1. Evaluating Digital Citizen Engagement

    mySociety’s Head of Research, Rebecca Rumbul, gives an overview of our research work in the latest publication from the World Bank’s Open Knowledge Repository. Also featured is an experiment in citizen engagement from Mzalendo in Kenya, that was first shared at TICTeC.

    Evaluating Digital Citizen Engagement: A Practical Guide is a handy collection of examples and lessons from practitioners in Brazil, Uganda, Cameroon and Kenya, on how to measure the impact of civic technologies.

    Rebecca explains the methods we’re currently using to answer questions like, “are institutions equally responsive to citizens?” and, crucially, “are our tools genuinely making a difference?”.

    Meanwhile, Lily L. Tsai and Leah Rosenzweig, who contributed last year to our Impacts of Civic Technologies conference TICTeC, give an overview of how they used Facebook ads to draw conclusions about what makes people take concrete political actions online.

    You can download the guide for free here — and don’t forget, if you’d like to hear more about the ways in which civic tech’s impact is being tested by projects around the world, there are still a few tickets available for TICTeC 2016.

     

    Image: Alistair Nicol (CC)

  2. Meet Dr. Shelley Boulianne, a TICTeC keynote speaker

    Dr Shelley BoulianneDr. Shelley Boulianne, of MacEwan University in Alberta Canada, studies civic engagement and political participation. That makes her a perfect fit for our conference on the Impact of Civic Technology, TICTeC, where she’ll be one of two keynote speakers.

    Her current research examines how social media is used to recruit youth for volunteer work in the community. This research employs interview data from youth and non-profit organisations, as well as a content analysis of Facebook and Twitter data. If that sounds right up your street, be sure to grab your TICTec tickets soon.

    Meanwhile, we put a few questions to Shelley.

    What will you be talking about at TICTeC?

    I will present a bird’s eye view of the effects of civic technology on civic and political life. This perspective allows us to ask tough questions about technology: Does civic technology have a positive effect on civic and political life? Does it have a negative effect? Does it have any effect at all? I will present the results of a meta-analysis of more than 80 studies documenting the effects of the internet on civic and political life.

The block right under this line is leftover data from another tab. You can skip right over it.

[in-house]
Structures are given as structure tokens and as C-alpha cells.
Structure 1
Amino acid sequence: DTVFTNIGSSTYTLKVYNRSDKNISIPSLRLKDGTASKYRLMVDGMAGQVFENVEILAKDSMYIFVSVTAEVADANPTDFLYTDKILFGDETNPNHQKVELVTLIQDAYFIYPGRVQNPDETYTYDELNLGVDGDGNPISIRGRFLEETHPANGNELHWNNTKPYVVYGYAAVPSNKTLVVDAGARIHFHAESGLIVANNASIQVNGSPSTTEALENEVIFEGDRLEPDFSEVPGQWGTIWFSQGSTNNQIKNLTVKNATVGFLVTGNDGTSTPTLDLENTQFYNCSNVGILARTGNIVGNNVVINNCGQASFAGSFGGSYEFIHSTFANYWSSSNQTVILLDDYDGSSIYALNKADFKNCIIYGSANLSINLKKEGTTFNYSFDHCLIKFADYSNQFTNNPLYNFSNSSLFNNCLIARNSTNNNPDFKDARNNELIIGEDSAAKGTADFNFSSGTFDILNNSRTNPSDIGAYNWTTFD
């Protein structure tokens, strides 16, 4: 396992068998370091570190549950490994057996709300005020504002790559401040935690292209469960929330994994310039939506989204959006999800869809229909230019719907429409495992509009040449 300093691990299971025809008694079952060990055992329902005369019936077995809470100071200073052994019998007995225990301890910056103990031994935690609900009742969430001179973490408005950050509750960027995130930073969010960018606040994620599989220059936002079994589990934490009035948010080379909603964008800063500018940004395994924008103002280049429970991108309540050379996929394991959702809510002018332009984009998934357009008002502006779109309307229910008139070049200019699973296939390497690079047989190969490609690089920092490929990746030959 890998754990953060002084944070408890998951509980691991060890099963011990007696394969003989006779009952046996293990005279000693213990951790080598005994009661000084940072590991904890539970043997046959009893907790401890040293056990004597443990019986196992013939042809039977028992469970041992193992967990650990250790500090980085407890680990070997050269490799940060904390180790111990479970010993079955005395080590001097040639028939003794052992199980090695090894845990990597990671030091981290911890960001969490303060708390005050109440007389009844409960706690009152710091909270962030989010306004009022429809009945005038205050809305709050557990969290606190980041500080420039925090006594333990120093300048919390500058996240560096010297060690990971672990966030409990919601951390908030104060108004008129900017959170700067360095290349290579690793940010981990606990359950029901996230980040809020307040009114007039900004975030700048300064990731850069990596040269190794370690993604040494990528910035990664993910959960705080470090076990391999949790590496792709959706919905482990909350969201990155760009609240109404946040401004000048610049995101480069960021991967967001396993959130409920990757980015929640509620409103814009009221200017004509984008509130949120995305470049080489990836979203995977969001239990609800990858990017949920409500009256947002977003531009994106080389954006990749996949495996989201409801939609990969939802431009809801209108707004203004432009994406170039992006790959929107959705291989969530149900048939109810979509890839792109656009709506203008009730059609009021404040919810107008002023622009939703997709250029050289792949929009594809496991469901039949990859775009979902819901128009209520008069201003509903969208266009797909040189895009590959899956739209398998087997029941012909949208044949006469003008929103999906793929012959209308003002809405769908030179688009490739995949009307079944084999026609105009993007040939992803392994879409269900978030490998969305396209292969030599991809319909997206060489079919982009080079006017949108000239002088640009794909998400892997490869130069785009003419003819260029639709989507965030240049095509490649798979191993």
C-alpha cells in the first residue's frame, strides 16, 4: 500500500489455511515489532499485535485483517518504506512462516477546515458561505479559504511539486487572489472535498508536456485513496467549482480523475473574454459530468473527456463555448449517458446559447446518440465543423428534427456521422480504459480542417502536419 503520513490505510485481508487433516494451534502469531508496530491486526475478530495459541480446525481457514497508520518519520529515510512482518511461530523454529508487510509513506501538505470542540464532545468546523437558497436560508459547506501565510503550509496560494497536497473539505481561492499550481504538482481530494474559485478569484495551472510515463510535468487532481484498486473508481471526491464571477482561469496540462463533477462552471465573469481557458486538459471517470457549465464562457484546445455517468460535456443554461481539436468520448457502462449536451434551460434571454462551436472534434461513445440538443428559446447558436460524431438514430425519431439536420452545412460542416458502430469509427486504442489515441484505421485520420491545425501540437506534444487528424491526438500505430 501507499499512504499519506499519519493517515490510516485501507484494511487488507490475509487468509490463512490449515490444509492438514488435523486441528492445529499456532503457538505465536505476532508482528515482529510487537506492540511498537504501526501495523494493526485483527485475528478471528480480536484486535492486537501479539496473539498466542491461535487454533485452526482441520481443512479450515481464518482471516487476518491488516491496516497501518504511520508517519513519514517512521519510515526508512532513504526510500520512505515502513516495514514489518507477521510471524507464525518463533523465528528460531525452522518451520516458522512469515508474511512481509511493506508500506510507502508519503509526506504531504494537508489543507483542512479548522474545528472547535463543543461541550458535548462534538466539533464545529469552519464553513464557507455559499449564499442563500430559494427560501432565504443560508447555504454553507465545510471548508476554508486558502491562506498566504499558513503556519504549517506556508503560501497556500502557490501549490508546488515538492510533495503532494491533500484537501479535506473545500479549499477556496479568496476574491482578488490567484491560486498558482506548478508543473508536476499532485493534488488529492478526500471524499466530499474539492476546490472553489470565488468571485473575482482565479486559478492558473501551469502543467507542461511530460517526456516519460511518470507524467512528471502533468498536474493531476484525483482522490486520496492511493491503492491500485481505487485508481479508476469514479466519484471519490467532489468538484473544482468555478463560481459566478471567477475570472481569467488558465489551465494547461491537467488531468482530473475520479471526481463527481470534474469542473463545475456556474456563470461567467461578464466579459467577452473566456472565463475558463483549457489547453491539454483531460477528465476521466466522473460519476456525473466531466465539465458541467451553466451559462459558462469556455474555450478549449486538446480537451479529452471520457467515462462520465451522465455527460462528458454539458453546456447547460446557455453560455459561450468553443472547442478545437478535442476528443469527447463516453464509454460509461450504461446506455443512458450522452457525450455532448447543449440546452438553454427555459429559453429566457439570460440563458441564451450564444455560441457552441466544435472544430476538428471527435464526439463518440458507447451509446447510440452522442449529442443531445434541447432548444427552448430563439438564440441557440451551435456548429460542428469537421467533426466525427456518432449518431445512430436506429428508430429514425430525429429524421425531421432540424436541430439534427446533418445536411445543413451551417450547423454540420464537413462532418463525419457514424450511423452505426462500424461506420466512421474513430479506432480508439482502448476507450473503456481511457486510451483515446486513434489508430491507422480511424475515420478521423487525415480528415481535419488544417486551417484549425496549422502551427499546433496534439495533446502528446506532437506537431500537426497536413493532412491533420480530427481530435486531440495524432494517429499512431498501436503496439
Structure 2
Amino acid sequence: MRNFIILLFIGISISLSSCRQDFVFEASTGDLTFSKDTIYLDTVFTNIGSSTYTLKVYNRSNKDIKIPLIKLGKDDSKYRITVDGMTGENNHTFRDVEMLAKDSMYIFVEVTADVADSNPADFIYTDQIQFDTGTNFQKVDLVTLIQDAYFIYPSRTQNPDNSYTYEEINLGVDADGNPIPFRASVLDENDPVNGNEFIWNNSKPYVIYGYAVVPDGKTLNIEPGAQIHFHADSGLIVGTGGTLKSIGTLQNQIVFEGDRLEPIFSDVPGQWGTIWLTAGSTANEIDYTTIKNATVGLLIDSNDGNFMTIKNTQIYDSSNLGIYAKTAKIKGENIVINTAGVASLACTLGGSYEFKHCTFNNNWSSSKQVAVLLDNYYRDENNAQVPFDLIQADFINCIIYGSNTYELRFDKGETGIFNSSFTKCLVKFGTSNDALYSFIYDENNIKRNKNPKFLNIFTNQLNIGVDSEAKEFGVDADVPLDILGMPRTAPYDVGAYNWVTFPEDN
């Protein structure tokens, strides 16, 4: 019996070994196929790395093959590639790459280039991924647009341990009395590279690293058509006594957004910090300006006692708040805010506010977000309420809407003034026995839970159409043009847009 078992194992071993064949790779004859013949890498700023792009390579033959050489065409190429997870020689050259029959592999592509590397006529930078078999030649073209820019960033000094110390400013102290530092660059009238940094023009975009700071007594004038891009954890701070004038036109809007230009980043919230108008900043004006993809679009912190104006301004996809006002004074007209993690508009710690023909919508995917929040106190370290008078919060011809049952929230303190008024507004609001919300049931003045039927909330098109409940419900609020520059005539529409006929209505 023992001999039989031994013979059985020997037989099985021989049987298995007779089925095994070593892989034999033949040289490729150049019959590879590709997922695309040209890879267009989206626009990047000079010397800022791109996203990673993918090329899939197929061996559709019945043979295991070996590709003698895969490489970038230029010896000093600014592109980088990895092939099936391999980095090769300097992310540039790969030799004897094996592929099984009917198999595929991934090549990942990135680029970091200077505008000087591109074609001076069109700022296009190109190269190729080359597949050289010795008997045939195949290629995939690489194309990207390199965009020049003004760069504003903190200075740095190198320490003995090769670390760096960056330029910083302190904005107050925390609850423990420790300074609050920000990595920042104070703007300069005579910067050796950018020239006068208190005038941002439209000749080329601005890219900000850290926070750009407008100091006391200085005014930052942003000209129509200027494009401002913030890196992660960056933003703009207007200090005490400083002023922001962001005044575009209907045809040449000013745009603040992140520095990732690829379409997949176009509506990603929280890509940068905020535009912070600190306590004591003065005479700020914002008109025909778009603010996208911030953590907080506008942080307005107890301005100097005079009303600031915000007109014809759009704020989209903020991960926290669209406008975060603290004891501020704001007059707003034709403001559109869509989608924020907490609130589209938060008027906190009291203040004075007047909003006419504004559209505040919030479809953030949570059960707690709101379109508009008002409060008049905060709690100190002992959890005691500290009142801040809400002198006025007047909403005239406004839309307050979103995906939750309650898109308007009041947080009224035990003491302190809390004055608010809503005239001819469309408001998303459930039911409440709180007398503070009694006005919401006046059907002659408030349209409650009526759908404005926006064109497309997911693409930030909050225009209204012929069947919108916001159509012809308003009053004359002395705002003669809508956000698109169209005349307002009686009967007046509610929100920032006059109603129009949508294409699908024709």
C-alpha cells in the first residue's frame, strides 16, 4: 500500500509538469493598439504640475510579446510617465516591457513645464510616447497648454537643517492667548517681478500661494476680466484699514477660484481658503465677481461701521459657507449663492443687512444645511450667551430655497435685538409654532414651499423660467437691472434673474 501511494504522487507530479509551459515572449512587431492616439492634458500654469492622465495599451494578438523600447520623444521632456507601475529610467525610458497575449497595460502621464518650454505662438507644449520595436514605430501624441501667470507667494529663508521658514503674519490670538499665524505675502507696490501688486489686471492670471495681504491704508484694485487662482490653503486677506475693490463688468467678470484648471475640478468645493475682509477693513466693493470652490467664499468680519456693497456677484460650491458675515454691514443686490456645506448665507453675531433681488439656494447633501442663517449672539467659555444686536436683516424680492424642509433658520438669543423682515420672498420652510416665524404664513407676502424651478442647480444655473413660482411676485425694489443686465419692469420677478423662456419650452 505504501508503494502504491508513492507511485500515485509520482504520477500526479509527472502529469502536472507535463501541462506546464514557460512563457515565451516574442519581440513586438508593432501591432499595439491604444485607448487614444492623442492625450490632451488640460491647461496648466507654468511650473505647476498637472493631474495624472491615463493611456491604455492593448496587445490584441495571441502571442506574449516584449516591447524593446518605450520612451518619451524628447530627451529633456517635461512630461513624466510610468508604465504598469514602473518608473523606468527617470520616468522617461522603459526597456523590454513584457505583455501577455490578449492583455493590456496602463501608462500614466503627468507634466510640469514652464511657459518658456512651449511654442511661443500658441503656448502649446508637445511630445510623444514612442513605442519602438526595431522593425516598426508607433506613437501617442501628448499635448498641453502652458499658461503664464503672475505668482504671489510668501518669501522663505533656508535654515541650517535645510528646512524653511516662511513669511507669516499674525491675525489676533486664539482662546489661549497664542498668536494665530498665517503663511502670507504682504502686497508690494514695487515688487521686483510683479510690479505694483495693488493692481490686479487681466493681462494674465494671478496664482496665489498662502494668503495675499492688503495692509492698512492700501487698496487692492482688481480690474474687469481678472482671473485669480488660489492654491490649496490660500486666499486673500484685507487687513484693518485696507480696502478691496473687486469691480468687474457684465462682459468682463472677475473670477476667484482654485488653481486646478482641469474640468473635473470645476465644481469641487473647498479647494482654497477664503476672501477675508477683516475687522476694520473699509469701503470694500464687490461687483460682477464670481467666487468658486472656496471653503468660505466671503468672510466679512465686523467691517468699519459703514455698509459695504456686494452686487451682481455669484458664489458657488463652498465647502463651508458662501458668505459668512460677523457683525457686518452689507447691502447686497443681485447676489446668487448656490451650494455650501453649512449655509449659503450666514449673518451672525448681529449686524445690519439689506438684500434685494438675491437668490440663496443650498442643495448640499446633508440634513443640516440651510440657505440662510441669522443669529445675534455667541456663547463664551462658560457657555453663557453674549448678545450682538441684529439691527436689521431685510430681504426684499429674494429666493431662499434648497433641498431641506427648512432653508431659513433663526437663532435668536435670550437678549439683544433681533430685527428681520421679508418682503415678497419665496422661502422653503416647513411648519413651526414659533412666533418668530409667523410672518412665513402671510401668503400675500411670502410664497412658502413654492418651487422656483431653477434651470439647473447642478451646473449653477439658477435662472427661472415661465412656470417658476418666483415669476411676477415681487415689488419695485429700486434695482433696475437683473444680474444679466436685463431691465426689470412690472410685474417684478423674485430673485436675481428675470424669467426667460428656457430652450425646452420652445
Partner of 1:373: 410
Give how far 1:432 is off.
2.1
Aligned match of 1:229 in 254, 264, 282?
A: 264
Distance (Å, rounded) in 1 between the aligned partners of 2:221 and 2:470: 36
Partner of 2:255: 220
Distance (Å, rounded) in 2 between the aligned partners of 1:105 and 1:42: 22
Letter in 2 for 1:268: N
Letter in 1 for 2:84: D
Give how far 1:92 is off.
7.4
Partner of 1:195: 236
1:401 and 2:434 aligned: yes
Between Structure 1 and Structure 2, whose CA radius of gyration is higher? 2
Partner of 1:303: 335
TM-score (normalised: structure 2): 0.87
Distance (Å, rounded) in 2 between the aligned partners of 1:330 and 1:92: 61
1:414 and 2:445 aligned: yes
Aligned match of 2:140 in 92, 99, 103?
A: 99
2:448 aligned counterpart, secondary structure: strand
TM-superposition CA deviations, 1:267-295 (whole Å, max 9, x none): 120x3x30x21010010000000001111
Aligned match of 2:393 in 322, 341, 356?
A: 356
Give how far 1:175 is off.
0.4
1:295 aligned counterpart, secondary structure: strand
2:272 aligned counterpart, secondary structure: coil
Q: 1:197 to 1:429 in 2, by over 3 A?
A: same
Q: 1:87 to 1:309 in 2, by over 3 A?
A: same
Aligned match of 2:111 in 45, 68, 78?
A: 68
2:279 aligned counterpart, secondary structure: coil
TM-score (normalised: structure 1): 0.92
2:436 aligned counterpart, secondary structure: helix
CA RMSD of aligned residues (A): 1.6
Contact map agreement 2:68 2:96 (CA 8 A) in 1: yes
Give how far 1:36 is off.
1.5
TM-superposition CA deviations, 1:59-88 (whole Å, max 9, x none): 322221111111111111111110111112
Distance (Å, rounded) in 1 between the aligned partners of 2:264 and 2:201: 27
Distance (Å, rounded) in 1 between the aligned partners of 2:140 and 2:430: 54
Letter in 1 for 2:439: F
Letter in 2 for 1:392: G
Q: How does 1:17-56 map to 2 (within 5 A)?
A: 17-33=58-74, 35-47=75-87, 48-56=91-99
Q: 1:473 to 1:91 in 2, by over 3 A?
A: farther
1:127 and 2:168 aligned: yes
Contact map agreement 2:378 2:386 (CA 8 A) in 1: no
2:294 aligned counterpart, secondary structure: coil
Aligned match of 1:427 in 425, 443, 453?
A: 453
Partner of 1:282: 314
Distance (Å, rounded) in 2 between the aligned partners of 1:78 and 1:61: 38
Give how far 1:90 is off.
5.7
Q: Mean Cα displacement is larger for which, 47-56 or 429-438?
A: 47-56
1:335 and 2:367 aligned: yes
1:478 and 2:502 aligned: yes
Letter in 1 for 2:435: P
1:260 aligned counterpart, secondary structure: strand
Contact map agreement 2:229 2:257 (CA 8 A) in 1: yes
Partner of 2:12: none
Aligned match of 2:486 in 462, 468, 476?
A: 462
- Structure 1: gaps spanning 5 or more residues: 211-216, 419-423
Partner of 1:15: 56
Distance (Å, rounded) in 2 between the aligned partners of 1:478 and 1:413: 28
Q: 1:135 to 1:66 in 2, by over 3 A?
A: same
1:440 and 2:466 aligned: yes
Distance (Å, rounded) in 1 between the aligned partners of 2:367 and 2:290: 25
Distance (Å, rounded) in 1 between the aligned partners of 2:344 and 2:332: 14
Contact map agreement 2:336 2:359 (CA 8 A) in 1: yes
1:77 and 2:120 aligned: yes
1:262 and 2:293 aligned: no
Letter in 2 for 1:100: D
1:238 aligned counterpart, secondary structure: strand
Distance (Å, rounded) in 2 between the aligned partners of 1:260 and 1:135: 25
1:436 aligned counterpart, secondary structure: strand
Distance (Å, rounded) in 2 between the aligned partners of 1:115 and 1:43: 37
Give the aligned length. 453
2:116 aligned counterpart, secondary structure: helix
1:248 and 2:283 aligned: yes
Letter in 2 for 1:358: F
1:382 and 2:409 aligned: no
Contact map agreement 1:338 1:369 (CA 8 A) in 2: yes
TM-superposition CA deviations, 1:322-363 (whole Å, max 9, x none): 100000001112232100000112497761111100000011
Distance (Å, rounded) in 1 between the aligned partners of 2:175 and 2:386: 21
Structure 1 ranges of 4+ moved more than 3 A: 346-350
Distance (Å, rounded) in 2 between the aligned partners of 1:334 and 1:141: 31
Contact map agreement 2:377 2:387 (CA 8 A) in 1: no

What’s your involvement in civic tech?

    Most of my experience is studying the role of news websites and social networking sites on civic and political life. These tools are most interesting to me, because they engage the masses. However, I am also studying the use of online versus face to face methods for facilitating citizens’ involvement in deliberative exercises designed to inform public policy.

    What are you most looking forward to about TICTeC?

    I consider myself to be first and foremost a research methodologist, so I look forward to exciting discussions about how to study the effects of civic technology.

    We’re looking forward to it too! If you’d like to be at TICTeC, info and a link to ticket-booking is here. But hurry: early bird registration closes on 20 February.

    Meet our other keynote, Ethan Zuckerman, here.

  3. Meet Ethan Zuckerman, a TICTeC keynote speaker

    Ethan ZuckermanWe’re more than delighted that Ethan Zuckerman will be one of the keynote speakers at our upcoming conference on the Impacts of Civic Technology.

    Ethan is Director of the Center for Civic Media at MIT Media Lab, and a longtime digital activist and thinker. He’s on the directorial board of Ushahidi and Global Voices, as well as being a member of the Wikimedia Foundation Advisory Board.

    As if that wasn’t impressive enough, Ethan is also the originator of the Cute Cat Theory of Digital Activism– a theory which, one might say, is highly relevant to at least two of the interests of many mySociety folk.